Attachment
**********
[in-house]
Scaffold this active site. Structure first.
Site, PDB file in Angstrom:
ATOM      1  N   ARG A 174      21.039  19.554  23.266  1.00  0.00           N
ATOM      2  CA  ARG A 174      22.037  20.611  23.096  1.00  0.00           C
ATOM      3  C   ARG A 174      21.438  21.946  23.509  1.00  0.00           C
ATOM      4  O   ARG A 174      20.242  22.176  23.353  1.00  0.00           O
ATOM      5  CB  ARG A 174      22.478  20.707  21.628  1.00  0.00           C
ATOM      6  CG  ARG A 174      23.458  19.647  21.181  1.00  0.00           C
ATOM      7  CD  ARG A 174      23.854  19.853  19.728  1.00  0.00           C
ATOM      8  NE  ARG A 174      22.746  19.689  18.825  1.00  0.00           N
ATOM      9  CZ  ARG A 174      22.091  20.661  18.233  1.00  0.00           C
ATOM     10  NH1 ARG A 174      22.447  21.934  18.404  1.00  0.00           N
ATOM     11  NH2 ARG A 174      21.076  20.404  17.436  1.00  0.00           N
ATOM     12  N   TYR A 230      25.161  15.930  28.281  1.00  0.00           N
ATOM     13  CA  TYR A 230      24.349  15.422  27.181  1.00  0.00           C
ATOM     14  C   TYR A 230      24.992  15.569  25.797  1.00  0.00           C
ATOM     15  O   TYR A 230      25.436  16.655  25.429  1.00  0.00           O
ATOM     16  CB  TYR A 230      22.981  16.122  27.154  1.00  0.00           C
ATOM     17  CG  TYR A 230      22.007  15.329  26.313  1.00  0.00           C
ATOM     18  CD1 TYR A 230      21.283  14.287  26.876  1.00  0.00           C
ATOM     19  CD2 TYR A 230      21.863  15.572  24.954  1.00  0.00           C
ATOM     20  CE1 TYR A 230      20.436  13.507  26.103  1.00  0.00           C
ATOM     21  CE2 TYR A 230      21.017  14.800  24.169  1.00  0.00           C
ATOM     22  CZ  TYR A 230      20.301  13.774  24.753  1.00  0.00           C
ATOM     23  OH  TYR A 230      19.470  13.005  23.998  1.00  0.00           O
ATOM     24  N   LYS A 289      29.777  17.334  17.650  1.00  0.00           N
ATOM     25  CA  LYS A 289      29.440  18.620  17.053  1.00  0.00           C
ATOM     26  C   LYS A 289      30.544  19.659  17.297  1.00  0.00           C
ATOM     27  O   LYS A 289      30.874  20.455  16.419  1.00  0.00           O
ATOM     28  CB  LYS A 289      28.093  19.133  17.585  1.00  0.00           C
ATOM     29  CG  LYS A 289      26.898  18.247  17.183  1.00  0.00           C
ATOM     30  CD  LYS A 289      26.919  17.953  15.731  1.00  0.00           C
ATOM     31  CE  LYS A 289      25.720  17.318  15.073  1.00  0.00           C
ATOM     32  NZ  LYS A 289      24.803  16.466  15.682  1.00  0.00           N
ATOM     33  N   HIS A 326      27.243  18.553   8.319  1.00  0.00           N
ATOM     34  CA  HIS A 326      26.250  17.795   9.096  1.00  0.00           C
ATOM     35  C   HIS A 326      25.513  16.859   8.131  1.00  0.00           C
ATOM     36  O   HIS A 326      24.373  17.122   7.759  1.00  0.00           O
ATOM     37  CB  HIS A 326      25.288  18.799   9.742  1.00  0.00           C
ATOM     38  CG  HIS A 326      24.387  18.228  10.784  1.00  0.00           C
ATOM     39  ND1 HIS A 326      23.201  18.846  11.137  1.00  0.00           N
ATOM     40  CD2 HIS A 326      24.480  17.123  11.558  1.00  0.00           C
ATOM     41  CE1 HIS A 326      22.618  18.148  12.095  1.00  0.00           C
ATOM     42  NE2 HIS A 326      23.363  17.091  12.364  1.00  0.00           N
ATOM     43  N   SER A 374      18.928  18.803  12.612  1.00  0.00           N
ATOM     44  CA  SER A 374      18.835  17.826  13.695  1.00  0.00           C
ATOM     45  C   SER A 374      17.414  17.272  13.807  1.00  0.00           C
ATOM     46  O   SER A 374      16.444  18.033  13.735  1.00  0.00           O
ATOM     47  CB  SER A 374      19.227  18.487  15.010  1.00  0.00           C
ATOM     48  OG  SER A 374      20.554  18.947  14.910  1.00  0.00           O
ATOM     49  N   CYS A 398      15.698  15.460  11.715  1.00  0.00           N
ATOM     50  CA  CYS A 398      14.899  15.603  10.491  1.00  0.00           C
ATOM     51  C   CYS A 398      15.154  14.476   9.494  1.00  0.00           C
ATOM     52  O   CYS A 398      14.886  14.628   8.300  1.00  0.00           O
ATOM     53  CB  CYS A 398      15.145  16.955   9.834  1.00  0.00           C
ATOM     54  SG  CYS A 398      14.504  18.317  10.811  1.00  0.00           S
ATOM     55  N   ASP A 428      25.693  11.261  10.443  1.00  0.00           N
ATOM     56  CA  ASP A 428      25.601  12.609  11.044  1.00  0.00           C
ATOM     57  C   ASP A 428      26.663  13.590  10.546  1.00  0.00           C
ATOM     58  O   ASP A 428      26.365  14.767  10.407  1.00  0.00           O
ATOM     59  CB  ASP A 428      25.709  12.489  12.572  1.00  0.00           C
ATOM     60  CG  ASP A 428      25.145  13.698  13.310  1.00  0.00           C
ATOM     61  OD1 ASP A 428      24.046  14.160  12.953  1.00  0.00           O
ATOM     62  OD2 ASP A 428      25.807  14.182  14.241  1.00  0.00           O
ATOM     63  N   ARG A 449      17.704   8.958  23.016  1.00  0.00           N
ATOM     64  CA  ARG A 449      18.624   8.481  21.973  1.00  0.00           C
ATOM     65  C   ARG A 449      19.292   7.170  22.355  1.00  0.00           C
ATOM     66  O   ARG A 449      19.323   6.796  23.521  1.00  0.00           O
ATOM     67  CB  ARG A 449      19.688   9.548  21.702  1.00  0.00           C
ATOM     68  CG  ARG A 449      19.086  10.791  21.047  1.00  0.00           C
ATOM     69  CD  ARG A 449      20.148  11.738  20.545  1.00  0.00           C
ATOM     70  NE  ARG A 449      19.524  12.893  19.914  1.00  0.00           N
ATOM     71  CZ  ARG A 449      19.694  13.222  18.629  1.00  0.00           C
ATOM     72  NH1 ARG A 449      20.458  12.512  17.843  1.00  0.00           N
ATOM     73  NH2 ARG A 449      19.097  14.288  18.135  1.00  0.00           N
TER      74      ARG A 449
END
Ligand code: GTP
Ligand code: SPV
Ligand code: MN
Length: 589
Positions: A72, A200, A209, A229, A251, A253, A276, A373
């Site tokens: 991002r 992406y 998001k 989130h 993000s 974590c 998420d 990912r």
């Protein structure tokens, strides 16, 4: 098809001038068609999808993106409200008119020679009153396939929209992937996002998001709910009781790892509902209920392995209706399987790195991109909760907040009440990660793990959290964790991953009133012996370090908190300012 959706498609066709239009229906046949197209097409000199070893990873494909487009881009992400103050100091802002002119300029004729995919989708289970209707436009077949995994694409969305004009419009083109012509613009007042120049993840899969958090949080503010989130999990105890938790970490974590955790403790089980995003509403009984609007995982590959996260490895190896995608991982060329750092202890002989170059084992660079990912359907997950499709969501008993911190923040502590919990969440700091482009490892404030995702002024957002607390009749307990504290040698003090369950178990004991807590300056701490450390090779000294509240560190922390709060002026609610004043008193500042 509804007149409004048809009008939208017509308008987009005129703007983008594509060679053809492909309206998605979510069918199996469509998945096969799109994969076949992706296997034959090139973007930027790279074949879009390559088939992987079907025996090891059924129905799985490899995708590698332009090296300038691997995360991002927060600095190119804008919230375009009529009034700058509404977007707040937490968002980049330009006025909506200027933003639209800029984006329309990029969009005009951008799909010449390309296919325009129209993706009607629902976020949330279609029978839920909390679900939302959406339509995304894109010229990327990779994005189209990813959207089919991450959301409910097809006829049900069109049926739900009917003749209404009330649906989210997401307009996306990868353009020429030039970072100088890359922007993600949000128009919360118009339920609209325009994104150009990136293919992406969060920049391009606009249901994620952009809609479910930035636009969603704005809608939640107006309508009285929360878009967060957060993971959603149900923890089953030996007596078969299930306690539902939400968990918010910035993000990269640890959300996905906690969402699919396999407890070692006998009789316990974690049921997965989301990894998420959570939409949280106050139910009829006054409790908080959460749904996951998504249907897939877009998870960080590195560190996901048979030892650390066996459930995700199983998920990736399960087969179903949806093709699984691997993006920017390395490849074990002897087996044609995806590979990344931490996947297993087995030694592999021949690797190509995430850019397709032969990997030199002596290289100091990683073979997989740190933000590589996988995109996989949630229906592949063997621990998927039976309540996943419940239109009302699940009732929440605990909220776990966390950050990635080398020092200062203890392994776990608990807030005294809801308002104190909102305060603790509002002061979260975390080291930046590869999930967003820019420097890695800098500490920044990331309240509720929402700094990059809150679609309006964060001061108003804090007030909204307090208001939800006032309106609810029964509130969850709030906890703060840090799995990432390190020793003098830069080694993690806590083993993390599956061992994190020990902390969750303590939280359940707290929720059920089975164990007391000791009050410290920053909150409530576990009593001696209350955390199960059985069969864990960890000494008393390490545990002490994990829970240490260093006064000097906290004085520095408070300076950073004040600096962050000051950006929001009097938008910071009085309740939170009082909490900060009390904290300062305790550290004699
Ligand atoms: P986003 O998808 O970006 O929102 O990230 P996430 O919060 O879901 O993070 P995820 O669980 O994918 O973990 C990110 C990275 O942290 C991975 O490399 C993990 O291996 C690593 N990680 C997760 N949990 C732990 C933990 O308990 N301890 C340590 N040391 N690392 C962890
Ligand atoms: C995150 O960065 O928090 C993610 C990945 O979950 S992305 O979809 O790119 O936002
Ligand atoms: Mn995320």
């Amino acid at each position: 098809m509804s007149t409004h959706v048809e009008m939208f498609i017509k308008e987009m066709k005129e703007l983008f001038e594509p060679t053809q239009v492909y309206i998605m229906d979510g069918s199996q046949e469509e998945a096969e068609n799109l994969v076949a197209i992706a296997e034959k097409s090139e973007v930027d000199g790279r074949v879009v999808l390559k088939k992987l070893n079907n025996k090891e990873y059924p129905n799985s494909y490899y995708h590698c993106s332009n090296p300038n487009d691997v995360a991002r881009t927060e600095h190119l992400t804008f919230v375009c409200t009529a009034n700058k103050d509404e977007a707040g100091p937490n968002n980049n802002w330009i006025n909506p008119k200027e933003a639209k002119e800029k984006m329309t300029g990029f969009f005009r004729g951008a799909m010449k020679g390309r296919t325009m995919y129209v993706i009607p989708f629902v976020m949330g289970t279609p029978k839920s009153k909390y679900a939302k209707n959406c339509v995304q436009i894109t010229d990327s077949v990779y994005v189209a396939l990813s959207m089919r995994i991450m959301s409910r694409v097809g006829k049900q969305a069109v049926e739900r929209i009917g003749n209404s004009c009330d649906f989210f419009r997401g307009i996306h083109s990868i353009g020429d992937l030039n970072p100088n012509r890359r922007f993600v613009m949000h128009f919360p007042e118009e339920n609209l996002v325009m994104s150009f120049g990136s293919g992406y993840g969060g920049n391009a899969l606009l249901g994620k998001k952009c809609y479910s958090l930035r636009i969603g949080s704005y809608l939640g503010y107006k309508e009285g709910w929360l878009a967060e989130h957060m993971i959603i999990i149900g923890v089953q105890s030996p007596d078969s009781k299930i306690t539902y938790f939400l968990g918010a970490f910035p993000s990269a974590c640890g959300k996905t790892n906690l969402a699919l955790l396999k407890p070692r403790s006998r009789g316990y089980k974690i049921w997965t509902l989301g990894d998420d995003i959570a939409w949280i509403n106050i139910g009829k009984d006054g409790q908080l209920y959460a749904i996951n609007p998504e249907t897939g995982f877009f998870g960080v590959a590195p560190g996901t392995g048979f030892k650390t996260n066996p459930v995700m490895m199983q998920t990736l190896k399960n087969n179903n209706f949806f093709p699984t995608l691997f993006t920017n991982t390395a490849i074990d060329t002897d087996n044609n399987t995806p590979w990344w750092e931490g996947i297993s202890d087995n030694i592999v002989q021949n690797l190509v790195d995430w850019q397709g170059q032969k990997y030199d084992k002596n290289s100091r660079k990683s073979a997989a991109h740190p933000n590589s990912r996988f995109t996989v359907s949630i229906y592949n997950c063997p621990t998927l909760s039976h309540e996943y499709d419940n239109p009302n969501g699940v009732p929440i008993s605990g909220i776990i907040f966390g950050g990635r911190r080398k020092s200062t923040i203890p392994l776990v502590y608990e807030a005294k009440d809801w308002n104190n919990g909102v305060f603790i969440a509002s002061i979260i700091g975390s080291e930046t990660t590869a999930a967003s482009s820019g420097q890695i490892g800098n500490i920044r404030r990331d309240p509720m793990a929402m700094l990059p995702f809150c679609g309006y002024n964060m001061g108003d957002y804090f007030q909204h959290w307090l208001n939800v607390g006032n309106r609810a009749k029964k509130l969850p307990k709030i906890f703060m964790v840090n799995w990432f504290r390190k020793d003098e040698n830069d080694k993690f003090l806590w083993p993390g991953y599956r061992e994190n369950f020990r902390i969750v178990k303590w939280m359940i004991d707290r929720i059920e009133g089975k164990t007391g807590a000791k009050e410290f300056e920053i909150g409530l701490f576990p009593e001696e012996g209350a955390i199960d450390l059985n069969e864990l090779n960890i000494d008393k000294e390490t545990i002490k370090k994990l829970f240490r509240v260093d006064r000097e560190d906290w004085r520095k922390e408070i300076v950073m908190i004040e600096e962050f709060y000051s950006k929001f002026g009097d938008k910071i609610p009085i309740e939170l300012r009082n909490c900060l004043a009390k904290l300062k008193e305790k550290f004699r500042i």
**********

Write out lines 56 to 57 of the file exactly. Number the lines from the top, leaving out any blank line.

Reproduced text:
ATOM     53  CB  CYS A 398      15.145  16.955   9.834  1.00  0.00           C
ATOM     54  SG  CYS A 398      14.504  18.317  10.811  1.00  0.00           S